MarketMuse update courtesy of extracts from Tom Lydon’s 31 December ETF Trends story.
The Winklevoss twins, Cameron and Tyler, famed for suing Mark Zuckerburg, claiming he stole Facebook from their own social networking site ConncetU, have started another new venture. In April 2013, they claimed that they owned of 1% of all Bitcoins in existence. The Winklevoss twins now prepare to sell their Bitcoin shares on the Nasdaq.
Slowly but surely, Cameron and Tyler Winklevoss’ Bitcoin Trust is putting the final touches on its proposed cryptocurrency-backed exchange traded fund, filing for shares on the Nasdaq.
On Wednesday, the Bitcoin Trust filed with the Securities and Exchange Commission to sell 20.1 million shares on the Nasdaq exchange, reports Ciara Linnane for MarketWatch. The filing did not include a launch date or expense ratio, indicating the Bitcoin Trust is not close to coming to market.
In May, a regulatory filing revealed the Winkelvoss Bitcoin Trust will trade on the Nasdaq. In July, a Form S-1 filing with the Securities and Exchange Commission reveled the ETF, assuming it comes to life, would trade under the ticker “COIN.”
“The investment objective of the Trust is for the Shares to reflect the performance of the price of Bitcoins, as measured by Winkdex, less the expenses of the Trust’s operations,” according to the SEC filing.
The brothers have also introduced the bitcoin index, or so-called Winkdex, which will also be used to price the value of assets held by the Winklevoss Bitcoin Trust.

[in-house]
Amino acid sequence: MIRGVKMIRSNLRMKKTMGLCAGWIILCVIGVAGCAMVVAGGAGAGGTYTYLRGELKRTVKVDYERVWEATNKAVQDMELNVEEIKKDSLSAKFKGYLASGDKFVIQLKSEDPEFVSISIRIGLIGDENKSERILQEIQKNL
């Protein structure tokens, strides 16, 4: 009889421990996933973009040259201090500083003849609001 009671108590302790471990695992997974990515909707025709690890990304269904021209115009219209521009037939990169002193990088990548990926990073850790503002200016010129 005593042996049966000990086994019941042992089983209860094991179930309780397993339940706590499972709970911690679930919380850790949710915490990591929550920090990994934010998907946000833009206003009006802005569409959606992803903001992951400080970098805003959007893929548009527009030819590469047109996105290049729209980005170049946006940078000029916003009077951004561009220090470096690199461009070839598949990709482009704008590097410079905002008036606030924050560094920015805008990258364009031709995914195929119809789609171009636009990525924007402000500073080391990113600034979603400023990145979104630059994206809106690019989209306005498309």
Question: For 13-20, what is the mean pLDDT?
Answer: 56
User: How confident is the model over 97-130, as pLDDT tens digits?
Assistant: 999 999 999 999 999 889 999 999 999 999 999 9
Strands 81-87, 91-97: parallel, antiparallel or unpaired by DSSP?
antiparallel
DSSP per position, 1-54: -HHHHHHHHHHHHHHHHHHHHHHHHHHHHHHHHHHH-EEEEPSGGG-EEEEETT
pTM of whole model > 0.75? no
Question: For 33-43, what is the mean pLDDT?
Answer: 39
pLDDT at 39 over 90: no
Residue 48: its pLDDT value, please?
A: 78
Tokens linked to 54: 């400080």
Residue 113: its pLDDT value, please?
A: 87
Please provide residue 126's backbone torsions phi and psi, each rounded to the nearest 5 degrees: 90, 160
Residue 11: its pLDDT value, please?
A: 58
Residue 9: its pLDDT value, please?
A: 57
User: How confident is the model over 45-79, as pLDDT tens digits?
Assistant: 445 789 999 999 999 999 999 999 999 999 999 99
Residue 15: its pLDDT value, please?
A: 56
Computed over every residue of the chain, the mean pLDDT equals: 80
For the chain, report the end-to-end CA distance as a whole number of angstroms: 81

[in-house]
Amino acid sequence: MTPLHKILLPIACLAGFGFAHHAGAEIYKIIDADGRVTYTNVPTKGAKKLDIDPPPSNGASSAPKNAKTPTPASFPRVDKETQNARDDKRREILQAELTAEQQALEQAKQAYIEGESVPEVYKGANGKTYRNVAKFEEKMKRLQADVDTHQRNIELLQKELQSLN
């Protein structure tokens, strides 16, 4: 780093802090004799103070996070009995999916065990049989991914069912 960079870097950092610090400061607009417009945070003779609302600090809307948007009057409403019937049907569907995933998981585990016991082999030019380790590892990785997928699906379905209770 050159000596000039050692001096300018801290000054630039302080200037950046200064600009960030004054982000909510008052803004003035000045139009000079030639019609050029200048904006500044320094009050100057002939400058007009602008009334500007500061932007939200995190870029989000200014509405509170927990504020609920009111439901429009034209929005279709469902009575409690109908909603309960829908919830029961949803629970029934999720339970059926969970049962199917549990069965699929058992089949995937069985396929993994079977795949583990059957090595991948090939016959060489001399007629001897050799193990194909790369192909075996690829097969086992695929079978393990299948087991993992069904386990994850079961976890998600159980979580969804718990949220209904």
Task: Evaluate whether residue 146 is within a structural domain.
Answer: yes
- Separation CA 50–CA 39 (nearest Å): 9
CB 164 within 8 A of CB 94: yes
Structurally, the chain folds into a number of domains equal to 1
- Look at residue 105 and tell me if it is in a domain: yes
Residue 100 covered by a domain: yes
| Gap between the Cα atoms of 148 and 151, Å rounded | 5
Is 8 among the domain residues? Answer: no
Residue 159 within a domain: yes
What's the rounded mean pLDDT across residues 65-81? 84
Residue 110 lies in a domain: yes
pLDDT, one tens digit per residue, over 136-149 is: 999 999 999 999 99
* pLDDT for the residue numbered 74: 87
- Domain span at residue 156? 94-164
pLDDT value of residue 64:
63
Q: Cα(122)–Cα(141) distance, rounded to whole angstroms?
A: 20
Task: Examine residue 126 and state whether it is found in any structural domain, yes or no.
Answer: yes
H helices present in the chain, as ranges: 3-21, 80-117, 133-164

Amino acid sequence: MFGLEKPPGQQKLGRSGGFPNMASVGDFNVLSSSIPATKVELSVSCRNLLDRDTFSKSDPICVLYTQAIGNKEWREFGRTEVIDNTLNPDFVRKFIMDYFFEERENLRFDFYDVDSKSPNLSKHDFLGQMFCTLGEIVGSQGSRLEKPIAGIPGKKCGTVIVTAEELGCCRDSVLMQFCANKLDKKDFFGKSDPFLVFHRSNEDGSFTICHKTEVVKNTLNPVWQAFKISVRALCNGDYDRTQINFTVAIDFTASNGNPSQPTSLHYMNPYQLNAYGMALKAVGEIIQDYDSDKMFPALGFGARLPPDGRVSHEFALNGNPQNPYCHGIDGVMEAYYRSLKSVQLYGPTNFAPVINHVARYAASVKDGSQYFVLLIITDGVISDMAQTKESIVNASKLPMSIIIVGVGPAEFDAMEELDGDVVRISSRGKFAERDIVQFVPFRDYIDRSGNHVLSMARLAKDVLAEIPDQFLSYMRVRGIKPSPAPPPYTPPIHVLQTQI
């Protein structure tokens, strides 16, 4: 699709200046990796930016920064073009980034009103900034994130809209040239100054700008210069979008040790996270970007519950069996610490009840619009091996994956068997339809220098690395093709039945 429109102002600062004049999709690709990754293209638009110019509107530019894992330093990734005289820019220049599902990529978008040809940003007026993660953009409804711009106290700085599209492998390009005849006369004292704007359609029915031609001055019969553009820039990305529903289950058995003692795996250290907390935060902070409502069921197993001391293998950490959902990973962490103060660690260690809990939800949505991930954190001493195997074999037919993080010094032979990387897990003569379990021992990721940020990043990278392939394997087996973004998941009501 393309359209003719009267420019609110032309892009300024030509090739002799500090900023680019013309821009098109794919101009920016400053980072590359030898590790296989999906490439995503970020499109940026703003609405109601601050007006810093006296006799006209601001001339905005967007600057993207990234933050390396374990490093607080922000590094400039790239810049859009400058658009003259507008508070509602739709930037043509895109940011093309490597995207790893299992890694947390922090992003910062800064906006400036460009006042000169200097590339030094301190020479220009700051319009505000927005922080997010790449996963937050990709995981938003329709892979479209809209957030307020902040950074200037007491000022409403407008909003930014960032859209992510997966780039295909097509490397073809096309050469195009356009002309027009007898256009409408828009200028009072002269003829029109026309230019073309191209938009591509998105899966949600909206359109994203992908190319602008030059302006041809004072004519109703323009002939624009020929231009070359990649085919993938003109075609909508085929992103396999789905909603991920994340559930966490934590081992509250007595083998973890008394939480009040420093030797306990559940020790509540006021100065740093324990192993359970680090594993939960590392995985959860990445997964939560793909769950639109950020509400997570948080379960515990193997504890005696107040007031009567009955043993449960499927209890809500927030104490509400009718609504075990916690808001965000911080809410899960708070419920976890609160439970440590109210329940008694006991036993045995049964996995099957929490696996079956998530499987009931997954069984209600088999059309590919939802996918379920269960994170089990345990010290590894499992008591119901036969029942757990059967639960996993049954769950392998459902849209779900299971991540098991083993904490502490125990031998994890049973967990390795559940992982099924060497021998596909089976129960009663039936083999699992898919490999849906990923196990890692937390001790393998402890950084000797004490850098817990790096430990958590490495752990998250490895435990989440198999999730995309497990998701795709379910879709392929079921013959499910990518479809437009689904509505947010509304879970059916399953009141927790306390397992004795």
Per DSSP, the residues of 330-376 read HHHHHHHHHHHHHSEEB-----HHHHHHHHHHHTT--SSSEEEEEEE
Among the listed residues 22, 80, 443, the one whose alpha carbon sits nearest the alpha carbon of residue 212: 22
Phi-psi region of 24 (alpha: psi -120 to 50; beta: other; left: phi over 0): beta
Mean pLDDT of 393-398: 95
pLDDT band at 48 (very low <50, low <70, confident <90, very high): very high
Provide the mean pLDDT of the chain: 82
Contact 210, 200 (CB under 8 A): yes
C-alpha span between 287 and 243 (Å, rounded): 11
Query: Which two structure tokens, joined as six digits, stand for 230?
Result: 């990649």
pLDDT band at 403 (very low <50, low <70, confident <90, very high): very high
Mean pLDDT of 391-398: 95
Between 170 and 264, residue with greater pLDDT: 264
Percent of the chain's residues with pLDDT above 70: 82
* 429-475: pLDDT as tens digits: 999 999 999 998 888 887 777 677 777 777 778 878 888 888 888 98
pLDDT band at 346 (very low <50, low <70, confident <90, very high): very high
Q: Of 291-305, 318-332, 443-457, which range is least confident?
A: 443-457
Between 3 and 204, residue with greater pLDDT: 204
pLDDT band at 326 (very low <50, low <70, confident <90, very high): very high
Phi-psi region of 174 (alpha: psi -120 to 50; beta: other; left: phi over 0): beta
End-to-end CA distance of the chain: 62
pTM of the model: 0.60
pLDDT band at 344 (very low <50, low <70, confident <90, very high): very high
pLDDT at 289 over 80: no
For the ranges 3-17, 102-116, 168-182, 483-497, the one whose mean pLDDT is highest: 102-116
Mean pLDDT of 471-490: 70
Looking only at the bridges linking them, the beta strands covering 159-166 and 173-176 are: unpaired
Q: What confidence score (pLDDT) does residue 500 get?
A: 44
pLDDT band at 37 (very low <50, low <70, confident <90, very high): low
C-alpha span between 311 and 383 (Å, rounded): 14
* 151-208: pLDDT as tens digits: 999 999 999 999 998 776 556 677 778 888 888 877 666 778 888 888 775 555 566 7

The trust’s sponsor is Math-Based Asset Services LLC, which was formed in mid-2013. The company will run the new benchmark, tracking bitcoin prices based on “qualified bitcoin exchange transaction data… over a trailing two-hour period,” according to the SEC filing.
Bitcoin is one of the more popular digital currencies available. The cryptocurrency can be stored and traded electronically. The currency is stored in a digital wallet and is traded through a downloadable software or through a third party provider. The main thing traders should understand is that the Bitcoin is itself is considered a form of currency and not just an online service to transfer U.S. dollars.
Many users utilize the currency because the bitcoin is decentralized – there is no central bank issuing or monitoring the currency. Every transaction is validated by a Bitcoin miner – miners are entities within the Bitcoin network that validate the transaction by solving a mathematical proof. This system prevents double counting of Bitcoins and keeps a record of all transactions.
Bitcoin prices have gained widespread attention when the value of the currency skyrocketed above $1,000. However, the cryptocurrency has stumbled in 2014, declining 58.7% year-to-date to about $315.
For Lydon’s original article from ETF Trends, click here.